In honor of Robby Anderson becoming eligible, we can only think of one song appropriate to the occasion.
Technically, it will not be until around 6:30 p.m. on the night of Sept. 5 before Temple fans learn whether their long Commonwealth nightmare is over. Substantively, though, they learned the result yesterday when Robby Anderson was declared eligible.
We will not paraphrase former U.S. President Gerald Ford by calling the failure to beat Penn State a long national nightmare but, since 1941, it certainly has been a Commonwealth (of Pennsylvania) nightmare. We should all wake from that slumber in one month and one day, thanks to the special talents of one Mr. Anderson.
Temple tested a smaller nuclear device last week when it learned Pitt transfer Adonis Jennings was declared eligible. Monday’s news about Anderson was one of those megaton Hydrogen-type jawns and the Nittany Lions have no idea of what is about to hit them.
After carefully observing both Anderson in 2013 and the Penn State secondary last season, I have come to the conclusion—sad for them, good for the Owls—that the Nittany Lions cannot stop Anderson or even hope to contain him. Anything Jennings can add to this mix is just a bonus. Anderson should help open a Temple offense that was closed tighter than one of those Kansas silos.
Anderson’s eligibility is huge because is a proven big-play receiver, not only in the AAC, but from a national standpoint. His 18.7-yards-per-catch average was second in all of college football in the 2013 season. His three touchdown receptions in a 41-21 win at Memphis was an exclamation point in a five-game season that saw him catch nine touchdown passes from true freshman quarterback P.J. Walker.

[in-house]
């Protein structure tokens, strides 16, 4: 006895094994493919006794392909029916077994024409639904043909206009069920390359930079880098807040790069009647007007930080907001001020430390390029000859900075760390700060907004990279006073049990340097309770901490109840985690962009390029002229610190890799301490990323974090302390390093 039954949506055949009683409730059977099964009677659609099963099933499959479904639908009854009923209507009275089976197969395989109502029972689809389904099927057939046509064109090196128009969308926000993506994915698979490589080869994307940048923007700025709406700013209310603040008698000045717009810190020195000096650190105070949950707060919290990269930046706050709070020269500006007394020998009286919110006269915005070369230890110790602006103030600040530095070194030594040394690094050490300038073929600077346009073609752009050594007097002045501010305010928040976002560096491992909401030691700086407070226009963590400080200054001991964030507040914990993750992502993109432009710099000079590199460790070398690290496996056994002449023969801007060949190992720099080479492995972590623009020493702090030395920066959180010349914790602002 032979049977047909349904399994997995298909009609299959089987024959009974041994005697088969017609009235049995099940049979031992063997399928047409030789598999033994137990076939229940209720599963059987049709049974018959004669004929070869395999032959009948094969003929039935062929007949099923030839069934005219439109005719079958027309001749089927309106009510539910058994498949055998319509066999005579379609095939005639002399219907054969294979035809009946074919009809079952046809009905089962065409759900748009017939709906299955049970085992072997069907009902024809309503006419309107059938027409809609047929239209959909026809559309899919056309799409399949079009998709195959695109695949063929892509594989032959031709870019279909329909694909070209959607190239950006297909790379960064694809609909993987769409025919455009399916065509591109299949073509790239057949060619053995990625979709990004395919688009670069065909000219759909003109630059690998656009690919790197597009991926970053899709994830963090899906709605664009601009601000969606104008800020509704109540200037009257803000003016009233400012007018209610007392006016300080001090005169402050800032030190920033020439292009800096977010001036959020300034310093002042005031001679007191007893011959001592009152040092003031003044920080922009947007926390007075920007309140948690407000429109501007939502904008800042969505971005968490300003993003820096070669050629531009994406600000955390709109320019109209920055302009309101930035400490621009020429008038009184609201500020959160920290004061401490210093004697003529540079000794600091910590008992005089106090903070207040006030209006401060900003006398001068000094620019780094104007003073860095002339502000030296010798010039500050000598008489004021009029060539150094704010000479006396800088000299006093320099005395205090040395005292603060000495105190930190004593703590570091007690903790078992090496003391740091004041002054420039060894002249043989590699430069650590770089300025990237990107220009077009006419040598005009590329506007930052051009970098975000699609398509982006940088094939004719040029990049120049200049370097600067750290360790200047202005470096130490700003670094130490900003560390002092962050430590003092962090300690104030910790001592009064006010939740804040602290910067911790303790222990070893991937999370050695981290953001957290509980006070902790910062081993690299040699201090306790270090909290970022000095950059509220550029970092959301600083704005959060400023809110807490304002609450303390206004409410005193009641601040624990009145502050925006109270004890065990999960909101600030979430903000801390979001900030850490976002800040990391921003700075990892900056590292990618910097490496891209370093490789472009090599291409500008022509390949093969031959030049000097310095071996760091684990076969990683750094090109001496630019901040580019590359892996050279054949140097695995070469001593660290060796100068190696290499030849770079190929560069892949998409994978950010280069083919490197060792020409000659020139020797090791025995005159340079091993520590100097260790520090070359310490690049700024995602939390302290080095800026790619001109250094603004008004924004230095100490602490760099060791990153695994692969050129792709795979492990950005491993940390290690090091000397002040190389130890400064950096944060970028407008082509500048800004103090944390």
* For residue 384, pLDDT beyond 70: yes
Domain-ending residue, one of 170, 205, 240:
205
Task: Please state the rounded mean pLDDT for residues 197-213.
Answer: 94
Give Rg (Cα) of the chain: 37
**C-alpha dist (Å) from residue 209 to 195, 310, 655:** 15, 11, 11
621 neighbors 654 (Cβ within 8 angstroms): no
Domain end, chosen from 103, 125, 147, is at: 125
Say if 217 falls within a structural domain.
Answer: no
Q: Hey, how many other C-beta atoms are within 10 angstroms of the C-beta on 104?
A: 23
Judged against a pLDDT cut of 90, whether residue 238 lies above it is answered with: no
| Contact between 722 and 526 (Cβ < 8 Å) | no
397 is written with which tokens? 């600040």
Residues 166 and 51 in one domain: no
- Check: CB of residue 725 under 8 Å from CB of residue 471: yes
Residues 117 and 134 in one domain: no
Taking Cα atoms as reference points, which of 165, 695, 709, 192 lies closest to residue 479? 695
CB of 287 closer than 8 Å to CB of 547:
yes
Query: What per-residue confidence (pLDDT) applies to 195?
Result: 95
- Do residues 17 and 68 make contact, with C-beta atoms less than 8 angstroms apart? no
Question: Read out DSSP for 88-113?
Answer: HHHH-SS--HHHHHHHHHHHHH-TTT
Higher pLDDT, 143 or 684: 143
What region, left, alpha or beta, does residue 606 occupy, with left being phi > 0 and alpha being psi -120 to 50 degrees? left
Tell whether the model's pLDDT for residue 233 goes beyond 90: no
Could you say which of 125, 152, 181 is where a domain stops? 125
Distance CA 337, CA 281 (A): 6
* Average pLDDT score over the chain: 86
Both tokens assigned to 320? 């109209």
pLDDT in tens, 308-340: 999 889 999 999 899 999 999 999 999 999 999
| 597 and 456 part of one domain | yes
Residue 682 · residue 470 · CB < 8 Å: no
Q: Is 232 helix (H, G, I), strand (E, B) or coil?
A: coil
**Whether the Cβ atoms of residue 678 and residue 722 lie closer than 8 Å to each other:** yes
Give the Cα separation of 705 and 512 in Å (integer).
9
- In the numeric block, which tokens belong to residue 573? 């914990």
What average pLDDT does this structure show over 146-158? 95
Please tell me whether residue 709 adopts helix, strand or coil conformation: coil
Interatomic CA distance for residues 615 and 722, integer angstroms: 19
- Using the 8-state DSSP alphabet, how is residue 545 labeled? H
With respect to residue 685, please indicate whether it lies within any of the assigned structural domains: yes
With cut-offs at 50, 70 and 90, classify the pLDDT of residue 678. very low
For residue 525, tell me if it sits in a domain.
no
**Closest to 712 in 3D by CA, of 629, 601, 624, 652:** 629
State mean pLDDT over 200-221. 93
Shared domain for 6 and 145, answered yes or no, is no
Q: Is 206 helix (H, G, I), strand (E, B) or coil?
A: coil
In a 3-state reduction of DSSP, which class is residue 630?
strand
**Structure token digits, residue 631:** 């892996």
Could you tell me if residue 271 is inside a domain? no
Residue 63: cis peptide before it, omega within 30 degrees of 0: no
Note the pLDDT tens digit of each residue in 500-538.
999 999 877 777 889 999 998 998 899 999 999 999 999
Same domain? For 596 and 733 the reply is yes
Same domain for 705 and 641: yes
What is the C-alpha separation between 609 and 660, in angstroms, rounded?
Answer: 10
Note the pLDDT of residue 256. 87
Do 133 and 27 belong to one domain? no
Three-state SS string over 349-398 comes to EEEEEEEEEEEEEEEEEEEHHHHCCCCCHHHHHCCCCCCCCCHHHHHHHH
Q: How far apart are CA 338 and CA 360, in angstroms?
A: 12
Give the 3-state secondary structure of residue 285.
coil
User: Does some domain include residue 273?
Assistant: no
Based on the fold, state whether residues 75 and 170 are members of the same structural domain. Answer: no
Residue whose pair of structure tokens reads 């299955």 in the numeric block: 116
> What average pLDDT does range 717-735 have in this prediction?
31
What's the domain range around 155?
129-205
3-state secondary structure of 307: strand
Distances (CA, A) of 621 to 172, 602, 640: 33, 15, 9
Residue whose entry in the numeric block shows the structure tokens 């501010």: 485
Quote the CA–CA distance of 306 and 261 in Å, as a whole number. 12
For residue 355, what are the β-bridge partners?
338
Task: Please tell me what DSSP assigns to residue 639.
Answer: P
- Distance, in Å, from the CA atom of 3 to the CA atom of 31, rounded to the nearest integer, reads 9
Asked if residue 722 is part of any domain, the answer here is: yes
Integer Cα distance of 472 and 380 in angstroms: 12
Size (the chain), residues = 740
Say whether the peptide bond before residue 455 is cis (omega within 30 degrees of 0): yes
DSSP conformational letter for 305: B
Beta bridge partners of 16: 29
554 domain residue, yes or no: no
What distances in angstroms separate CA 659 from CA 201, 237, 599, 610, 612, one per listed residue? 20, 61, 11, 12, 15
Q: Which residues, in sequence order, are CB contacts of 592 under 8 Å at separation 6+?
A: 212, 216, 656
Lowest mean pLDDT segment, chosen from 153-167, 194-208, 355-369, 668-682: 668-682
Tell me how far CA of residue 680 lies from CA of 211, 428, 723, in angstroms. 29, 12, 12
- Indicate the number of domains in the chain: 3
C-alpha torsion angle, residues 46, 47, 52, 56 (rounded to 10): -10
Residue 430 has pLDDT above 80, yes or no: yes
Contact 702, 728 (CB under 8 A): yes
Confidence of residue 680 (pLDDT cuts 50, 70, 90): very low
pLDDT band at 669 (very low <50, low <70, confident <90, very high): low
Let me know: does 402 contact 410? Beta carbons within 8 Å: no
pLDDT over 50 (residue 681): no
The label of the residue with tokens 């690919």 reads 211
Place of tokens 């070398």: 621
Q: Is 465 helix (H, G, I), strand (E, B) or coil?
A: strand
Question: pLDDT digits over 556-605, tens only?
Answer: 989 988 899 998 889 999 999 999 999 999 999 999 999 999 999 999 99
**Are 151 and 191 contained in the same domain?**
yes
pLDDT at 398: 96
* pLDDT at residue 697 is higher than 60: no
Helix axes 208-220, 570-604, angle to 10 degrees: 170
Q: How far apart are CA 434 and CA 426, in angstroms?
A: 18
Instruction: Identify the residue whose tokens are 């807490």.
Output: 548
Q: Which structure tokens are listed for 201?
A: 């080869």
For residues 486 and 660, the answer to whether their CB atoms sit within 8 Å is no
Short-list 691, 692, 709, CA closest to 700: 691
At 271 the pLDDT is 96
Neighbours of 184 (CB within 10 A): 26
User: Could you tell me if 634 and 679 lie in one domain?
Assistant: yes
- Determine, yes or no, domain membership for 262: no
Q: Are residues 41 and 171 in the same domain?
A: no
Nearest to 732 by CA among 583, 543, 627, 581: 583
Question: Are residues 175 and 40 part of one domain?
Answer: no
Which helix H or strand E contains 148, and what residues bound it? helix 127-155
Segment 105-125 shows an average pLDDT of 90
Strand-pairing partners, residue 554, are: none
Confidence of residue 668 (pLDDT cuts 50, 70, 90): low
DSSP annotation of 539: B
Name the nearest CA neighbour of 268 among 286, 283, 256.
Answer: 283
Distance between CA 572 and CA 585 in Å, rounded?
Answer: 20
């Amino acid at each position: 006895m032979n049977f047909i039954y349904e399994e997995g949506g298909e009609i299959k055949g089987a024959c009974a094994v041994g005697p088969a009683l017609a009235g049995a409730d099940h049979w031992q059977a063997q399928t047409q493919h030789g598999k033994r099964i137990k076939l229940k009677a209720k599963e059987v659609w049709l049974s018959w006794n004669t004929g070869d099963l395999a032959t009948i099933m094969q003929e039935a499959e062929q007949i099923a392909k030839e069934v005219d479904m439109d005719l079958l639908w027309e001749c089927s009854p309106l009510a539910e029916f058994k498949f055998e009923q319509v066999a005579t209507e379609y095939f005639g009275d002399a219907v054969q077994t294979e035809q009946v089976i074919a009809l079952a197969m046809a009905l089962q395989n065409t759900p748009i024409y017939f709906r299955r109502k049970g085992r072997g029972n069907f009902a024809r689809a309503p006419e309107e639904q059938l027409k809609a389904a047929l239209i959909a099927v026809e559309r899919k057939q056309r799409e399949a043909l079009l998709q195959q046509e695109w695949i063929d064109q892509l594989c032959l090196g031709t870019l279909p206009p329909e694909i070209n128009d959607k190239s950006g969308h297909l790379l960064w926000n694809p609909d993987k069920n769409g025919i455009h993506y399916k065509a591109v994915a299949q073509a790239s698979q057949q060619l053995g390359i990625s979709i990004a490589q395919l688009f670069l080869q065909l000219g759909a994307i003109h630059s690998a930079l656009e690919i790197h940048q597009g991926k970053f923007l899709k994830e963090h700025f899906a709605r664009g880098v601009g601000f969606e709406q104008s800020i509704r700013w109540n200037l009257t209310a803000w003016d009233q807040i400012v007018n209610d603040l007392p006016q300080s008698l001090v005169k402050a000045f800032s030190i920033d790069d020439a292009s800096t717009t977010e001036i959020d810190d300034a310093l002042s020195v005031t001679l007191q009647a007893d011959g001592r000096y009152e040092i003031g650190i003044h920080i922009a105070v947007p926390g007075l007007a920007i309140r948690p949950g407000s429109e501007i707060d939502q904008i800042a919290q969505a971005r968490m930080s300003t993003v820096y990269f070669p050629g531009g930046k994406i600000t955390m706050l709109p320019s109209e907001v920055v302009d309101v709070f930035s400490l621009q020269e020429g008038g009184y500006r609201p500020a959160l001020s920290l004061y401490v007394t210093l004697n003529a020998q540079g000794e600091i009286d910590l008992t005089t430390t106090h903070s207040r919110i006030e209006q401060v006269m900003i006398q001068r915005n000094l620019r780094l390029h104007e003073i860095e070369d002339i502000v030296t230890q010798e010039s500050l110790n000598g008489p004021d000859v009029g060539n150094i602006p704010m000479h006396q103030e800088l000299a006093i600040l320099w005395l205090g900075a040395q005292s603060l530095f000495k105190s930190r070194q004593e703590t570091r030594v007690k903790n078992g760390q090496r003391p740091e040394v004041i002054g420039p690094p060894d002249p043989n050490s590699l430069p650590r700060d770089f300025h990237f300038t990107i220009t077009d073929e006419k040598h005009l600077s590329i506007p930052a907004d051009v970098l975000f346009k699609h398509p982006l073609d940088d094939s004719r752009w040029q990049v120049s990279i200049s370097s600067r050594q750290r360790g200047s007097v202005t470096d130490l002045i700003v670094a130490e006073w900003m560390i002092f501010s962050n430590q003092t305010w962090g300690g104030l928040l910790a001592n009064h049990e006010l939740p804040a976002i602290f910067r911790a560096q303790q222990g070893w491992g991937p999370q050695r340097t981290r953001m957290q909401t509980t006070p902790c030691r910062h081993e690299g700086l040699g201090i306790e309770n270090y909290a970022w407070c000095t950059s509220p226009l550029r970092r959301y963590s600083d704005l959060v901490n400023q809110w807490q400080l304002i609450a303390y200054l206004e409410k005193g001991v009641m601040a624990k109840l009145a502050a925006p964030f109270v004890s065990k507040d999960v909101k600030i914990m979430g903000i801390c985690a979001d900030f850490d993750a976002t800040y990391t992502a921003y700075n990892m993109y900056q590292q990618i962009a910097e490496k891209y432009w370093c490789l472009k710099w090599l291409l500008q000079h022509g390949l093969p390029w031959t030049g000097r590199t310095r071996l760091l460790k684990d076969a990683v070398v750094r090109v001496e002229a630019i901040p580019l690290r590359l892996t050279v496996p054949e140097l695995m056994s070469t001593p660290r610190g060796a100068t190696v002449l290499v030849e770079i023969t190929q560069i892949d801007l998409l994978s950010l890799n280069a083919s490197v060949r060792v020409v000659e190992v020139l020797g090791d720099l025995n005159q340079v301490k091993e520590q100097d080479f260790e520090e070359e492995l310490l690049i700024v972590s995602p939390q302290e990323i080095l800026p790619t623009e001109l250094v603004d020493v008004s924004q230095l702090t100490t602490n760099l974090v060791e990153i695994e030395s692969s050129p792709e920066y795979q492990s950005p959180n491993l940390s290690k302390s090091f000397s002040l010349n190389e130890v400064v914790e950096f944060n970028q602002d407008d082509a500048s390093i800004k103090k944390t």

Walker, who started the same number of games at quarterback, finished with 20 touchdown passes and only eight interceptions. Without Anderson, who flunked out of school in January of 2014, Walker looked to be out of his comfort zone a year ago and suffered a sophomore slump in which he only had 12 touchdown passes and 14 interceptions. The news about Anderson came four days after Temple learned that the NCAA granted Pitt transfer Adonis Jennings, a four-star wide receiver recruit, a hardship waiver to become immediately eligible.
To be sure, there were signs this was coming over the last few weeks or so. A wide receiver transfer from Hawaii, Keith Kirkwood, who wore No. 19 last year, changed his number from 19 to 89 last week and Anderson attended a couple of team charity functions wearing his familiar No. 19.
As it turned out, those were clues to a mystery that was solved on Monday and will be the talk of AAC Media Day. More importantly, although there is still a lot of work to do over the next month, the confidence level of Temple fans going into a Penn State game has never been higher.